Cancer Patients Can Get Help from a Surprising Source: Acupuncture

By Deborah Jeanne Sergeant

Cancer and its treatment can cause patients numerous unpleasant side effects, including pain, fatigue and nausea. These can also contribute to insomnia, as can stress and anxiety, right at a time when patients need sufficient rest to battle cancer.

Acupuncture may help.

“Acupuncture: Patient Version,” published by the National Cancer Institute ( states that acupuncture has been shown in clinical trials to “control pain and to relieve nausea and vomiting, fatigue, hot flashes, xerostomia [dry mouth], neuropathy, anxiety, depression and sleeping problems.”

L. Lolane Glundal, licensed acupuncturist at Harmonious Holistic Acupuncture in Manlius, said that acupuncture is all about balance.

“We can bring the body back into balance, between organ systems and yin and yang,” she said. “Traditional Chinese medicine is very helpful.”

She explained that acupuncture stimulates blood circulation to support healing, release of endorphins to mitigate pain, and reduces nausea.

Some patients struggle to complete all the grueling rounds of chemotherapy or radiation and must take a break. Glundal said that acupuncture may also help improve clients’ energy.

Emily Doucet, program coordinator at CancerConnects in East Syracuse, said that patients who have experienced radiation may experience swelling and discomfort in their mouths and throats. These symptoms can further lower their appetite at a time where eating right is important for promoting better health.

“Acupuncture can aid in decreasing these symptoms,” she said, citing information from the National Cancer Institute.

“Acupuncture can help ease the pain of surgery, scars and neuropathy in cancer patients,” she added. “Some patients may find that they need to take less pain medication as a result. Acupuncture can also help to improve circulation, which can help repair scar tissue, and help regenerate damaged nerves — neuropathy — in some patients.”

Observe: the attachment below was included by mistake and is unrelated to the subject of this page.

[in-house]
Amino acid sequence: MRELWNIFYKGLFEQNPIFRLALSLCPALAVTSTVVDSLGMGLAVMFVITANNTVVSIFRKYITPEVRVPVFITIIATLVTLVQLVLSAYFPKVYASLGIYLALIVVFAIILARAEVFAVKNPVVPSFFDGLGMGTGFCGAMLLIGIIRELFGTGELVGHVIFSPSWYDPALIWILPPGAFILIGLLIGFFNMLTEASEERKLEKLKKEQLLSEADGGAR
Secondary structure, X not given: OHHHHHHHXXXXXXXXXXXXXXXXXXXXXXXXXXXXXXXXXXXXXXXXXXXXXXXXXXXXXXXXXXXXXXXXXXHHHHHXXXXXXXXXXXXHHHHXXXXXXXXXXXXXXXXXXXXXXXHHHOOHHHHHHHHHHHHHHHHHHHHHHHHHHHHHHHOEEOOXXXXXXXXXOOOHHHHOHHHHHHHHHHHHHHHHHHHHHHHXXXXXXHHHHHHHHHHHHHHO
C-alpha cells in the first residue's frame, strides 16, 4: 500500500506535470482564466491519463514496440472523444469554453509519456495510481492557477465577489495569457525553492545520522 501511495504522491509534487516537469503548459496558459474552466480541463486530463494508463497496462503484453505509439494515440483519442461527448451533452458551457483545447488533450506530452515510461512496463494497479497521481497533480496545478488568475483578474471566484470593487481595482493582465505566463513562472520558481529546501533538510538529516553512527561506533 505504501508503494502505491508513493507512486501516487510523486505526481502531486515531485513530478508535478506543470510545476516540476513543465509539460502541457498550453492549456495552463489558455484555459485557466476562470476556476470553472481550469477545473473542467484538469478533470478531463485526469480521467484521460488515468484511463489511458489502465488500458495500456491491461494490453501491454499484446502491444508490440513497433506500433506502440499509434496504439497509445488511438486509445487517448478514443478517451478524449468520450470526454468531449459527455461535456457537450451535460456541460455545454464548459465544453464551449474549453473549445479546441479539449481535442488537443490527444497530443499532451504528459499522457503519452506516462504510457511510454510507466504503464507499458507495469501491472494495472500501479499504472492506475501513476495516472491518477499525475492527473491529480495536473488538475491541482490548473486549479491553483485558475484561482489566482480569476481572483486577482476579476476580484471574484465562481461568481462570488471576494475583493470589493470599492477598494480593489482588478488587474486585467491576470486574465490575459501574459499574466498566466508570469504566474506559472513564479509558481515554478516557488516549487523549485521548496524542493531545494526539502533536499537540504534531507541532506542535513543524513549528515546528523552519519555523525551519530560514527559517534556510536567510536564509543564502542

Anyone who has received a cancer diagnosis would likely agree that anxiety and fear caused some sleepless nights.

Like other modalities of Chinese medicine, acupuncture offers a holistic perspective that supports clients’ wellness rather than the typical Western perspective that focuses more on patient diseases.

“There are specific acupuncture points which help the nervous system relax, so acupuncture can also aid in stress management, and help patients sleep better,” Doucet said. “Acupuncture stimulates the natural healing process of the body and works in tandem with traditional Western medicine to restore health.”

Acupuncture has no medical contraindications for cancer patients and may help lessen their need of pain medication and the medication they take to mitigate treatment side effects. Medication may bring many benefits to treating the disease, but it’s not always harmless to natural functions of the body. By lowering the medication load through acupuncture, the patient’s body has fewer substances to filter out and contend with.

Acupuncturists generally work by using hair-thin, sterile, one-use needles to stimulate the nervous system and circulatory system, and trigger the release of endorphins. By knowing the correct areas to stimulate, the acupuncturist can achieve the desired results.

Many patients find the experience deeply relaxing. Patients usually receive benefits from acupuncture within 24 to 48 hours.